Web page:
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This church was founded in 1823, and the impressive cathedral was built in the French Gothic style right in the heart of what is now Midtown. The contrast between the architecture of this beautiful building and the skyscrapers surrounding it is breathtaking. The church offers regular Episcopal services, but the highlight of any visit is the renowned St. Thomas Choir.
The William H. Moore House is an ancient historical house that stands located in New York. Constructed in the year 1898, the house is a noted avenue in New York. The building elegantly depicts the Renaissance style of architecture. It encompasses a land cover of less than one acre. The site has also been registered on the National Register of Historic Places. It is regarded as one of the finer examples of the archetypal turn of the century stone house.
During the formation of Manhattan before the Commissioners' Plan of 1811 created New York's rectilinear street grid, this church first provided Calvinist dogma in various churches downtown. In 1875, the church moved uptown to 55th and 5th Ave., where it today hosts a ethnically diverse congregation from around Manhattan. This particular denomination was also instrumental in several seminal bible societies throughout the last two centuries and continues its influence throughout the country today.
Home to the legendary dance company The Rockettes, Radio City Music Hall is one of the most spectacular and famous performance venues in the United States. Its locale in the heart of the Big Apple has made it a cultural center, particularly during the Christmas season. Originally opened in 1932 and nicknamed "The Palace for the People," Radio City was renovated in 1980. Anybody who is anybody has performed here - New York legends Frank Sinatra, Ella Fitzgerald and Sammy Davis, Jr. are just a few that spring to mind - and to this day, the stage remains a showcase for entertainment royalty.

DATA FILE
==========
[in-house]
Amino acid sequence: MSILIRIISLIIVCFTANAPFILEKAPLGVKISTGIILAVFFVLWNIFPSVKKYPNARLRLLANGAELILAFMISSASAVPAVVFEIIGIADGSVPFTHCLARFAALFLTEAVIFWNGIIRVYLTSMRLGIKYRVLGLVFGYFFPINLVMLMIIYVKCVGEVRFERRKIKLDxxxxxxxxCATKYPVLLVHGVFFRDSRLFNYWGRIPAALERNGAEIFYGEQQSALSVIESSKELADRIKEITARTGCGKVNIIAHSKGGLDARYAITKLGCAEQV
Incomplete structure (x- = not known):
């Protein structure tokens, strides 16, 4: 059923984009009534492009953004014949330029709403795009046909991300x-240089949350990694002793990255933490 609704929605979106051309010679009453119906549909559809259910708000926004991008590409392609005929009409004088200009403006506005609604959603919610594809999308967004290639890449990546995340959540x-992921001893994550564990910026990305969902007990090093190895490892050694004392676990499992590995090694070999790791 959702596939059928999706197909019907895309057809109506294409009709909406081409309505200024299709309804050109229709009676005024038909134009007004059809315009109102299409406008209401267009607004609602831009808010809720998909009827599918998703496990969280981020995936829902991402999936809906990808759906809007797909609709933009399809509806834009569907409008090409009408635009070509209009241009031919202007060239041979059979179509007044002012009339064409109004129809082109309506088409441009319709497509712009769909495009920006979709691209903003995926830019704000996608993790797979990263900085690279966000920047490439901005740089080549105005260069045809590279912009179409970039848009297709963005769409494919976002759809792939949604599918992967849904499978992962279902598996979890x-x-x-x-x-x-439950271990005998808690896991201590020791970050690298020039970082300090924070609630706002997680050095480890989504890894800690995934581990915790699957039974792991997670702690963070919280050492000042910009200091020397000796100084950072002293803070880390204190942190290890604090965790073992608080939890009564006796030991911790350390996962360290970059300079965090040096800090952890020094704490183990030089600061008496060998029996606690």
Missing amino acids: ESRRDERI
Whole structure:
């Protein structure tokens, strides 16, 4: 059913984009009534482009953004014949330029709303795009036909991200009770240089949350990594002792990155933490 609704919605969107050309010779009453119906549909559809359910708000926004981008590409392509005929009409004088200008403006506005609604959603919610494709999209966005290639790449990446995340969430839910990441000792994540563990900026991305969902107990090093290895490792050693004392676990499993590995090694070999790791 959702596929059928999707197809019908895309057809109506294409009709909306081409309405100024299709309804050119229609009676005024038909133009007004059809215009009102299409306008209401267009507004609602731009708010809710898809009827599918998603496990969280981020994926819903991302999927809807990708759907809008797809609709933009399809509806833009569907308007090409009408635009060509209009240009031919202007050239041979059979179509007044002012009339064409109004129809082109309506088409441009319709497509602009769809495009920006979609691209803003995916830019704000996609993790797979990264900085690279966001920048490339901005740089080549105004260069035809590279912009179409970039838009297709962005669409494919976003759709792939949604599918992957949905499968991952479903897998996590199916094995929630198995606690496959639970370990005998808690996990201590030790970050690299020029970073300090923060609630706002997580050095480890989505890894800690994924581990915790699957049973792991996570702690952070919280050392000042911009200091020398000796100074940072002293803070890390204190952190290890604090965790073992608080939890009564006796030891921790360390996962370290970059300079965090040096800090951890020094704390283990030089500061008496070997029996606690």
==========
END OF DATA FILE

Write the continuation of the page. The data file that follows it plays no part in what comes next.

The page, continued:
The Top of the Rock observation deck adds to the many facets of the Rockefeller Center's international appeal, which already include a seasonal ice skating rink, NBC Studios and the famous Christmas tree. The Top of the Rock observation deck sits serenely on the 70th floor of Rockefeller Center. With incredible views of Central Park, Times Square, the Brooklyn Bridge, and northern Manhattan, you'll be offered a more peaceful look at the bustling city below. Wile away the hours soaking in a gorgeous sunset or experiencing the interactive, multimedia exhibits. The innovative ticket reservation system claims to guarantee a comfortable atmosphere that is never overcrowded.
The GE Building is the one that grabs attention in the entire Rockefeller Center complex. The building is very Gothic and art deco in style. This building also offers a backdrop to St. Bartholomew's church. The GE building was originally called the RCA building and 30 Rockefeller Center. The building has an observatory on the topmost floor and is called 'Top of the Rocks'.
The Time-Life Building is historically important for the West Side of Manhattan. Once the site of Time Inc. and CNN's American Morning, this building holds it's own in terms of recognition. It now occupies the studio of SportsNet New York. Besides offices, the building also hosts events and can be used as a venue for functions, including corporate presentations and the like. The building also features it's very own restaurant. Call the Visitor's Bureau for more details.
This massive cathedral, situated across from Rockefeller Center on Fifth Avenue, is the largest Catholic cathedral in the United States. With its two soaring 330-foot spires, St. Patrick's Cathedral is also one of the city's most spectacular architectural sights. Construction on the neo-gothic structure had started in 1850 and completed in 1878. Inside, it boasts a seating capacity of 2,500, numerous altars and stained glass windows, and a giant organ with over 7,300 pipes. Services are held throughout the day, and many New Yorkers stop in for a moment of serenity in their otherwise hectic lives.